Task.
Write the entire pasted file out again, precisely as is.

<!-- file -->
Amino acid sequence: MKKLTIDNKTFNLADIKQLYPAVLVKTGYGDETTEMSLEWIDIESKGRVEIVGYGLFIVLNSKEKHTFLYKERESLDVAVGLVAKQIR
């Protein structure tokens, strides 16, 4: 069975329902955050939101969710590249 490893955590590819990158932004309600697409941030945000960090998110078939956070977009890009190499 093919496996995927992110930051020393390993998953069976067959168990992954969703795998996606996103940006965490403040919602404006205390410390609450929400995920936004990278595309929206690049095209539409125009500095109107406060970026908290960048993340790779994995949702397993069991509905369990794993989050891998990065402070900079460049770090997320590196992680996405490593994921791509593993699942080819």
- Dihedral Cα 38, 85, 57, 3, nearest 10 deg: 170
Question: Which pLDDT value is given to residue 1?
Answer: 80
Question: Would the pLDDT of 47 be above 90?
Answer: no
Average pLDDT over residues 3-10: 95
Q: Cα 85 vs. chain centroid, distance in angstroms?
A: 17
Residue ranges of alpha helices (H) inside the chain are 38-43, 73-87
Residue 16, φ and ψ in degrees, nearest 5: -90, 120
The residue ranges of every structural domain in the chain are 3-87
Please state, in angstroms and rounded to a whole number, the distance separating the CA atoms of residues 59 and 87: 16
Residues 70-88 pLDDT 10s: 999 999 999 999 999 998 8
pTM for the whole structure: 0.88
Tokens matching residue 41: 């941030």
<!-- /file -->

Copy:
Amino acid sequence: MKKLTIDNKTFNLADIKQLYPAVLVKTGYGDETTEMSLEWIDIESKGRVEIVGYGLFIVLNSKEKHTFLYKERESLDVAVGLVAKQIR
């Protein structure tokens, strides 16, 4: 069975329902955050939101969710590249 490893955590590819990158932004309600697409941030945000960090998110078939956070977009890009190499 093919496996995927992110930051020393390993998953069976067959168990992954969703795998996606996103940006965490403040919602404006205390410390609450929400995920936004990278595309929206690049095209539409125009500095109107406060970026908290960048993340790779994995949702397993069991509905369990794993989050891998990065402070900079460049770090997320590196992680996405490593994921791509593993699942080819």
- Dihedral Cα 38, 85, 57, 3, nearest 10 deg: 170
Question: Which pLDDT value is given to residue 1?
Answer: 80
Question: Would the pLDDT of 47 be above 90?
Answer: no
Average pLDDT over residues 3-10: 95
Q: Cα 85 vs. chain centroid, distance in angstroms?
A: 17
Residue ranges of alpha helices (H) inside the chain are 38-43, 73-87
Residue 16, φ and ψ in degrees, nearest 5: -90, 120
The residue ranges of every structural domain in the chain are 3-87
Please state, in angstroms and rounded to a whole number, the distance separating the CA atoms of residues 59 and 87: 16
Residues 70-88 pLDDT 10s: 999 999 999 999 999 998 8
pTM for the whole structure: 0.88
Tokens matching residue 41: 């941030």